In this upcoming series of blog posts, we will attempt to outline and respond to the most common claims of those skeptical of climate change. In doing so, we hope to pinpoint the major sources of confusion or inaccuracy and to clarify what science can (and can’t) tell us about Earth’s climate. Each post will consist of a single skeptic argument (such as, “Temperatures haven’t risen since 1998” or “Climate models are defective”), followed by a brief response in simple terms and a longer explanation with more scientific detail. These posts will be grouped into three broad categories which correspond to the main threads of skeptic arguments: claims that Earth isn’t warming; claims that Earth may be warming, but man-made emissions of CO2aren’t responsible; and claims that Earth may be warming and CO2 may be responsible, but we don’t need to act to counter this trend.

Skepticism is broadly defined outside the field of climate change as “an attitude of doubt or a disposition to incredulity.” This inclination to question widely held beliefs plays a critical role in the evolution of scientific knowledge, and is necessary for a comprehensive understanding of any scientific subject. Discussions in the current climate debate are hindered by the complexity of climate science as well as by misinformation that have together led to an atmosphere of general confusion. In the spirit of traditional scientific skepticism, we will use this series of blog posts to examine the science behind climate change and to address some of the most common sources of disagreement. We hope that it will provide some clarity in the midst of confusion, and we look forward to your questions and comments.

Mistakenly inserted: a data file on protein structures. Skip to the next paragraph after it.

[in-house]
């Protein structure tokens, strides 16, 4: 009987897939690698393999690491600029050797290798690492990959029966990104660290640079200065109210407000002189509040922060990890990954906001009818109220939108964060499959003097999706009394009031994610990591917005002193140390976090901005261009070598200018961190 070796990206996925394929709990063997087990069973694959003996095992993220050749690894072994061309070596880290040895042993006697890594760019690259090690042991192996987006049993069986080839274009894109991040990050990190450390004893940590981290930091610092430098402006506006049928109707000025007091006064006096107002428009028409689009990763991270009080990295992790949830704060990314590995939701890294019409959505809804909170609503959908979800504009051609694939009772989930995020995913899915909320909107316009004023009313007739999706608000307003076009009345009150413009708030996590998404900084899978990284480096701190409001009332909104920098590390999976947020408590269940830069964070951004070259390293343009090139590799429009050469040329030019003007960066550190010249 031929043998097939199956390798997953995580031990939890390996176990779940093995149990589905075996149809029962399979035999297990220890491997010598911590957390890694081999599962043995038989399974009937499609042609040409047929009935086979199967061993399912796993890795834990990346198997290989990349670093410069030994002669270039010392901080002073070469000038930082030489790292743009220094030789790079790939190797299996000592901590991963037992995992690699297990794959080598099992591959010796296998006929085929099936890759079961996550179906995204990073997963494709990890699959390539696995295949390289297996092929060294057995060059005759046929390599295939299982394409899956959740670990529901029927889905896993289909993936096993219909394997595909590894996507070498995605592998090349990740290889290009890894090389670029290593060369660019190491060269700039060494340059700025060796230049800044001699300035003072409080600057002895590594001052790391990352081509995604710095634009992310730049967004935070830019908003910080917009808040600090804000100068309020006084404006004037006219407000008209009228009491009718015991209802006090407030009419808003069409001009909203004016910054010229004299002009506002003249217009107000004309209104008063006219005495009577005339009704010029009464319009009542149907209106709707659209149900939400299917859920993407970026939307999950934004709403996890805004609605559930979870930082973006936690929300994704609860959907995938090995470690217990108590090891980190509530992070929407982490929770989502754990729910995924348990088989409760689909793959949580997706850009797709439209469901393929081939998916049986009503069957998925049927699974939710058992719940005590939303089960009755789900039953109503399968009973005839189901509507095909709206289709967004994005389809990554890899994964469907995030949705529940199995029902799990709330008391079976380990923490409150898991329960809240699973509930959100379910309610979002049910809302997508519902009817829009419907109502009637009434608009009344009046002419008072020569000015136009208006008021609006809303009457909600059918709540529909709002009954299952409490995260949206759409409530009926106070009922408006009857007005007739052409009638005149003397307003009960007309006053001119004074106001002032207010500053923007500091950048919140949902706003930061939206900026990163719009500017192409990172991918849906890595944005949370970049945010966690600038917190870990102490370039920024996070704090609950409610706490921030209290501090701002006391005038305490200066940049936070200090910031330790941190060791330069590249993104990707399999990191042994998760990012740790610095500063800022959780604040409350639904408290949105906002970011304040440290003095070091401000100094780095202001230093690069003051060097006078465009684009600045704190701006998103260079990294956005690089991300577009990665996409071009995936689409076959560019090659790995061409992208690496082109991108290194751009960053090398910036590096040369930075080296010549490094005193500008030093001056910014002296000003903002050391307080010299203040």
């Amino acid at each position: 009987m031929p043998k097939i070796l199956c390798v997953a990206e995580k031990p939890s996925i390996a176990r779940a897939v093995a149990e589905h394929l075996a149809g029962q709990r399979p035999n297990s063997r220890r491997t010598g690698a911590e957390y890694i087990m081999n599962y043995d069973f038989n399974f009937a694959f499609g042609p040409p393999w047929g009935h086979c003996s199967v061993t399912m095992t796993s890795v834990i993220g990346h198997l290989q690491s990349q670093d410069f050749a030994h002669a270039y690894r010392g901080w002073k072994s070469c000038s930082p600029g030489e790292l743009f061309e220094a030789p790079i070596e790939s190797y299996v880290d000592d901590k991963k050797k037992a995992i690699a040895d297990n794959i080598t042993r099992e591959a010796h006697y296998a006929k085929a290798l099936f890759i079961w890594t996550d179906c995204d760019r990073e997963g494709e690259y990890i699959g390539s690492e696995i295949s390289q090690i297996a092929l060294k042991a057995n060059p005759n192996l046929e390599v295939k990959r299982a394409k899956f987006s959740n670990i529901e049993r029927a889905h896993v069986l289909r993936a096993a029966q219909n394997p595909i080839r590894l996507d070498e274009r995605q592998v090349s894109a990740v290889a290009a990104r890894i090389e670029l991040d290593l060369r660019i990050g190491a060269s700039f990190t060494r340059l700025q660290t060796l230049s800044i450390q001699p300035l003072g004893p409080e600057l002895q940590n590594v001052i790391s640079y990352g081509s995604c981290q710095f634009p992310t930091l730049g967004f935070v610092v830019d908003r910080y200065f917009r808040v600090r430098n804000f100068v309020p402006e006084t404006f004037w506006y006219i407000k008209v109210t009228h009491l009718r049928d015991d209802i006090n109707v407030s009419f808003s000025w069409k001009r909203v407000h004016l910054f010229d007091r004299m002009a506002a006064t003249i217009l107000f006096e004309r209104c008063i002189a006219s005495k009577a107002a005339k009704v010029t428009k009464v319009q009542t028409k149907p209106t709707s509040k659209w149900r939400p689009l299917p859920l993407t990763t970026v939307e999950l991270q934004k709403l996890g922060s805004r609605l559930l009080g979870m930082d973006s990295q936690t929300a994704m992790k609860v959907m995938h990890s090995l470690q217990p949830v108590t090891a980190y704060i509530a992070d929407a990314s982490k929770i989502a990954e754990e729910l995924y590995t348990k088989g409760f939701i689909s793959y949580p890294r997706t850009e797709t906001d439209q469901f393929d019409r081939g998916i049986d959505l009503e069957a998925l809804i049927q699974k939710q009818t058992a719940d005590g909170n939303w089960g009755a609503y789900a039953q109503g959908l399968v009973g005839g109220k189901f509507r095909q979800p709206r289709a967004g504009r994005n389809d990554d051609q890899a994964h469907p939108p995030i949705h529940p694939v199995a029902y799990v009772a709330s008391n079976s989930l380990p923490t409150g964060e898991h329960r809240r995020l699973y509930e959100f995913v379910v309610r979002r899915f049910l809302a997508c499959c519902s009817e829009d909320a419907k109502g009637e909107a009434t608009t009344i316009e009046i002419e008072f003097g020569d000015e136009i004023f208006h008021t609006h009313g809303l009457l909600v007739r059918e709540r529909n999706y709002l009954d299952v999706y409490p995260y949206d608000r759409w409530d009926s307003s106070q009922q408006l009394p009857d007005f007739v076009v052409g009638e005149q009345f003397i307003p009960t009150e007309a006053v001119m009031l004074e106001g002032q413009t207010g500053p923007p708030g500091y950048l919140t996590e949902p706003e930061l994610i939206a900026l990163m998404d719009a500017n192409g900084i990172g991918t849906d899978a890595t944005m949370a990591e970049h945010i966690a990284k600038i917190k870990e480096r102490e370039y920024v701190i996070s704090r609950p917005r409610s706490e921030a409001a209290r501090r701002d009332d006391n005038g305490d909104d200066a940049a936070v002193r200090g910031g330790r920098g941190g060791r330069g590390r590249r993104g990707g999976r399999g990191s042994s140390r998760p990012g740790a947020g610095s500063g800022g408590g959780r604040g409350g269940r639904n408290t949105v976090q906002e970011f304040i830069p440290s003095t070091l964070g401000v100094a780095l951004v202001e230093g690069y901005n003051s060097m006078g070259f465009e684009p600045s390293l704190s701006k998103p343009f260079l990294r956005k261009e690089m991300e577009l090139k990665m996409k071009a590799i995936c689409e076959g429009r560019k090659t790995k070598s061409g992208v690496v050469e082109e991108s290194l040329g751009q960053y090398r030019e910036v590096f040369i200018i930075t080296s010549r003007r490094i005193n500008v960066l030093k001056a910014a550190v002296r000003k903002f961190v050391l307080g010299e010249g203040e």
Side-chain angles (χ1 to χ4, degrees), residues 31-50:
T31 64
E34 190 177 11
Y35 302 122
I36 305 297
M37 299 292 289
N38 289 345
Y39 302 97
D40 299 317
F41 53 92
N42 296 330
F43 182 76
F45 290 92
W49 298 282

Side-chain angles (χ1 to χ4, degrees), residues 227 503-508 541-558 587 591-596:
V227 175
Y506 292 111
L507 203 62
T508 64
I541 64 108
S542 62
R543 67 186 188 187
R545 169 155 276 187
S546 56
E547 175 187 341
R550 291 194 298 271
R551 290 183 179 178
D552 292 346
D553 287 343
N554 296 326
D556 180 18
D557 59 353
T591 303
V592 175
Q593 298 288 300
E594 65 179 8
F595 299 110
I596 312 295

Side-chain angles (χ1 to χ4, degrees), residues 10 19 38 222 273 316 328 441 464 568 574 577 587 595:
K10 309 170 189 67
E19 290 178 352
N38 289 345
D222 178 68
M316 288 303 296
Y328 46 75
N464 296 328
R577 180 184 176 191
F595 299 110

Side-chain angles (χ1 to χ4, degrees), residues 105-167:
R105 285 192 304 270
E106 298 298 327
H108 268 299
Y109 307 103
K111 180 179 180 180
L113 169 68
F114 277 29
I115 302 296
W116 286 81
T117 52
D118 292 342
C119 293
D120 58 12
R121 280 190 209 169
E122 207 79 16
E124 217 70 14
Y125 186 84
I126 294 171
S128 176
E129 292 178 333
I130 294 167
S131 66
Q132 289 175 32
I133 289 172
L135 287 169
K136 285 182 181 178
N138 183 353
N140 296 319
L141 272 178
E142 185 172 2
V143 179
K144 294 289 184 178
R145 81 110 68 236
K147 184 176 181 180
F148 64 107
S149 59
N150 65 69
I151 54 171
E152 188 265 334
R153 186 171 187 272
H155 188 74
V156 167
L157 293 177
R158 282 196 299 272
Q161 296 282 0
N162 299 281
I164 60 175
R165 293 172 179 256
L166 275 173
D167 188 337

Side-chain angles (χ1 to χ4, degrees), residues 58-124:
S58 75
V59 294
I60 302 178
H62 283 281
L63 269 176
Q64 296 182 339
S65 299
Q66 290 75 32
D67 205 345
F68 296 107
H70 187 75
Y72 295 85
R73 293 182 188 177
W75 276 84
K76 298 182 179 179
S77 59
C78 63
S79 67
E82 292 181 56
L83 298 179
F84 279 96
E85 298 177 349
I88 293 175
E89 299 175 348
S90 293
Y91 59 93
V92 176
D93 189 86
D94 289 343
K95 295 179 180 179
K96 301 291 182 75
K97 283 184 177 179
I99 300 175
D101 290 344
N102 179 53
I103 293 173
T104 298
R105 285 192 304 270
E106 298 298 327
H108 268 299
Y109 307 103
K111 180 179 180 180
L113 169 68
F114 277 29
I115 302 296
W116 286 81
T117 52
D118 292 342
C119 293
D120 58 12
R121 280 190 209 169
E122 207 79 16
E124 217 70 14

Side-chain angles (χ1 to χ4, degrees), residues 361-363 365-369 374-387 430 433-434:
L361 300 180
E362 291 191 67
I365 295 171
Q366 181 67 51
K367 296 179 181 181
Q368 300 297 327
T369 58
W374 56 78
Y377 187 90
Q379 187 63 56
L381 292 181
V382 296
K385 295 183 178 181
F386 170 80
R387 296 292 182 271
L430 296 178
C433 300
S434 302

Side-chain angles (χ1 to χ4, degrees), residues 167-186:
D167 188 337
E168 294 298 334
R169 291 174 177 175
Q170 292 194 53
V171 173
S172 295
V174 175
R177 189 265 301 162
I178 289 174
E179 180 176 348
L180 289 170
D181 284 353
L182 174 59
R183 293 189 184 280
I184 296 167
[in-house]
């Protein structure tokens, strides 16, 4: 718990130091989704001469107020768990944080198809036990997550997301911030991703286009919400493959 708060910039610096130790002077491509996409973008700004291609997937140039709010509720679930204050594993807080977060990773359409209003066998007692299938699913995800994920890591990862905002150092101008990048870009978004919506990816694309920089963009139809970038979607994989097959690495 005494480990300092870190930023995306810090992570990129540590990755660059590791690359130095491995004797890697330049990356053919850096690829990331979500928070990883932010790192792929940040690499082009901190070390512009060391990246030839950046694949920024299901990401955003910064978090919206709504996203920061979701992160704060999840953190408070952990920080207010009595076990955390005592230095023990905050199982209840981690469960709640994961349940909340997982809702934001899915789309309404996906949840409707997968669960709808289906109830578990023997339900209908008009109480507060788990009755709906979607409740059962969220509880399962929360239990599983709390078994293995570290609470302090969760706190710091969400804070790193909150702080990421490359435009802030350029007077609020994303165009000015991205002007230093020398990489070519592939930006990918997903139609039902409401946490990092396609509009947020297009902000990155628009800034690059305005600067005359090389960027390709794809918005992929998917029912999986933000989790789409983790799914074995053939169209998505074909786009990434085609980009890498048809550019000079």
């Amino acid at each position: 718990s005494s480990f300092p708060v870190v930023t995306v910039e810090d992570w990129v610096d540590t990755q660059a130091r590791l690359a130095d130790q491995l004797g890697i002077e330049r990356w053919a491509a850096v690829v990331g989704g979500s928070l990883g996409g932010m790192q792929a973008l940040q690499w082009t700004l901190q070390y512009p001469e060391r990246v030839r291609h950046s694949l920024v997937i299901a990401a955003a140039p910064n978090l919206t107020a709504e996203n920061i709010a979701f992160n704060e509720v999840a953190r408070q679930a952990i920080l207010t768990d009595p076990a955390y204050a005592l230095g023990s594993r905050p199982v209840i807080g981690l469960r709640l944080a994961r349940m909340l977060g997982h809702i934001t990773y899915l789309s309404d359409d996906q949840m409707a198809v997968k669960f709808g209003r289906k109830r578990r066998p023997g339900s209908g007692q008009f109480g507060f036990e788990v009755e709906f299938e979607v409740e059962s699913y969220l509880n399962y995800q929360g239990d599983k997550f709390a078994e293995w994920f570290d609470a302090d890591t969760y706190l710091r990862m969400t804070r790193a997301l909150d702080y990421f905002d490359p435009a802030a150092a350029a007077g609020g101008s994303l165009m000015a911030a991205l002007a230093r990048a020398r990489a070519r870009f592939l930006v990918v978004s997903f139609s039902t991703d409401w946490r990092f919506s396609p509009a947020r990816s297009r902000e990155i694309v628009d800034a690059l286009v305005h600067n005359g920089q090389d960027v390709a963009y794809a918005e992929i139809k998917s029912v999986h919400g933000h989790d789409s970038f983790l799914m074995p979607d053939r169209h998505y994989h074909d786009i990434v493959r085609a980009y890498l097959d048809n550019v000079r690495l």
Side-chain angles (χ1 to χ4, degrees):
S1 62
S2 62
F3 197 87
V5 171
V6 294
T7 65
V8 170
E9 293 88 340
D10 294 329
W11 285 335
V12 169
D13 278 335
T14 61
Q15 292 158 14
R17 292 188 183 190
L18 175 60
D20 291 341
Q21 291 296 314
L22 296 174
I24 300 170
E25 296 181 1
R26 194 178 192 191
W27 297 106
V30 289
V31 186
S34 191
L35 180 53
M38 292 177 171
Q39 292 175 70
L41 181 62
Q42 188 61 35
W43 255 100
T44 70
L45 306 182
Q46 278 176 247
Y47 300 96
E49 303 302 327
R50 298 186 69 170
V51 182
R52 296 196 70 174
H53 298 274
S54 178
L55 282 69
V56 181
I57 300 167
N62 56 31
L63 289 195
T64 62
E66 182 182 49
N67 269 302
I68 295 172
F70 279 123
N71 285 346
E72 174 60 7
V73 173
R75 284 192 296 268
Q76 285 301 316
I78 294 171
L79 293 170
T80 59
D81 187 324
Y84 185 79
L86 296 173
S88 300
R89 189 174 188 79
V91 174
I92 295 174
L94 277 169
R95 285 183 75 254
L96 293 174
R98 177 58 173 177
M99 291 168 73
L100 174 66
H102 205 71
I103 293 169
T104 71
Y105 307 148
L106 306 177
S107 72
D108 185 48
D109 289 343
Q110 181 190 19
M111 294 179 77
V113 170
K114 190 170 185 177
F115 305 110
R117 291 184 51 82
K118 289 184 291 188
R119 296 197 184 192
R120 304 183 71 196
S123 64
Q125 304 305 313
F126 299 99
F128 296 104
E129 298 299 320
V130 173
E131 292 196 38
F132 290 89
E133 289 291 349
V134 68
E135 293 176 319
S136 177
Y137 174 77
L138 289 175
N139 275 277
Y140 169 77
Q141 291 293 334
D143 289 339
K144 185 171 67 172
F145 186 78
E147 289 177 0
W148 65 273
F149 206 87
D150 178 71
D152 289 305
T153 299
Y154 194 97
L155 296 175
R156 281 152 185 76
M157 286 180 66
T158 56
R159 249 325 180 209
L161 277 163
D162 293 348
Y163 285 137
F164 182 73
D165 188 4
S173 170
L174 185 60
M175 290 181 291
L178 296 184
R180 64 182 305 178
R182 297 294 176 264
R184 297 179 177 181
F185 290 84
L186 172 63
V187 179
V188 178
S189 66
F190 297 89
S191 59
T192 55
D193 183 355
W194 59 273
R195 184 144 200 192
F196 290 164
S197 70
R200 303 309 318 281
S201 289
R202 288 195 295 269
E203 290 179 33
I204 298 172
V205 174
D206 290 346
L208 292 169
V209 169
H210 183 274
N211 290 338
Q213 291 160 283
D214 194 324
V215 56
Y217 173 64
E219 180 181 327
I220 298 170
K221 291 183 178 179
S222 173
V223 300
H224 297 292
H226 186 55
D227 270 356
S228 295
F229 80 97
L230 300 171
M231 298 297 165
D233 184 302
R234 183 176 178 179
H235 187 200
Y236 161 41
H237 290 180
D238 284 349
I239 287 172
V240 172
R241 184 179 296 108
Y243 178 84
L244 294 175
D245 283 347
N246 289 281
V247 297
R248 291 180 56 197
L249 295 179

References:

United Nations Environment Programme: http://www.unep.org/climatechange/Introduction/tabid/233/Default.aspx, accessed 11/12/10.

The Royal Society, Climate Change: a Summary of the Science, p. 1. (London, UK: September, 2010).

U.S. National Academy of Sciences: http://dels.nas.edu/Report/Advancing-Science-Climate-Change/12782, accessed 11/12/10.

Boykoff and Boykoff. “Balance as bias: global warming and the U.S. prestige press.” Global Environmental Change 14 (2004): 125-136.

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mikep
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mikep

One simple question of fact to start with. Climate Audit was set up in response to Real Climate, not the other way round. One of the factors that seemed to influence the setting up of Real Climate was the publication in Energy and Environment of the first McIntyre and Mckitrick critique of Mann’s work.

H. Tieben
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I can’t understand how anybody can have the slightest doubt about what’s happening to the climate. Just take a look at the glaciers.

Thomas
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Thomas

H. Tieben, you describe what we all think. It’s a constant battle between the economy and the environment.